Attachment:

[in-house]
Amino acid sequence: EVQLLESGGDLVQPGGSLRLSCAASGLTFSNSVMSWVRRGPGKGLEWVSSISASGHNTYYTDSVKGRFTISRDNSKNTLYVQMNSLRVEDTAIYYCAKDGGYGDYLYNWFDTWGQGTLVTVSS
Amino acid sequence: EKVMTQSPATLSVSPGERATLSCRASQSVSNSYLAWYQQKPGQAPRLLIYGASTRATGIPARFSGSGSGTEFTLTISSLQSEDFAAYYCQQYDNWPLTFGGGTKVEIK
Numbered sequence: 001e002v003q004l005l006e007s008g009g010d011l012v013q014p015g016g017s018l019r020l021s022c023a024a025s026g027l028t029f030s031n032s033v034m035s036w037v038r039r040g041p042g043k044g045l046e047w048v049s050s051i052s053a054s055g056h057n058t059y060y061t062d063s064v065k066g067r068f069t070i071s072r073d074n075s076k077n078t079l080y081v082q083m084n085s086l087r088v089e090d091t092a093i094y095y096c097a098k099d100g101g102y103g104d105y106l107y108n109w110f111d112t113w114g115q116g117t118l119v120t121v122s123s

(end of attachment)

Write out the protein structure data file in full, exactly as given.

[in-house]
Amino acid sequence: EVQLLESGGDLVQPGGSLRLSCAASGLTFSNSVMSWVRRGPGKGLEWVSSISASGHNTYYTDSVKGRFTISRDNSKNTLYVQMNSLRVEDTAIYYCAKDGGYGDYLYNWFDTWGQGTLVTVSS
Amino acid sequence: EKVMTQSPATLSVSPGERATLSCRASQSVSNSYLAWYQQKPGQAPRLLIYGASTRATGIPARFSGSGSGTEFTLTISSLQSEDFAAYYCQQYDNWPLTFGGGTKVEIK
Numbered sequence: 001e002v003q004l005l006e007s008g009g010d011l012v013q014p015g016g017s018l019r020l021s022c023a024a025s026g027l028t029f030s031n032s033v034m035s036w037v038r039r040g041p042g043k044g045l046e047w048v049s050s051i052s053a054s055g056h057n058t059y060y061t062d063s064v065k066g067r068f069t070i071s072r073d074n075s076k077n078t079l080y081v082q083m084n085s086l087r088v089e090d091t092a093i094y095y096c097a098k099d100g101g102y103g104d105y106l107y108n109w110f111d112t113w114g115q116g117t118l119v120t121v122s123s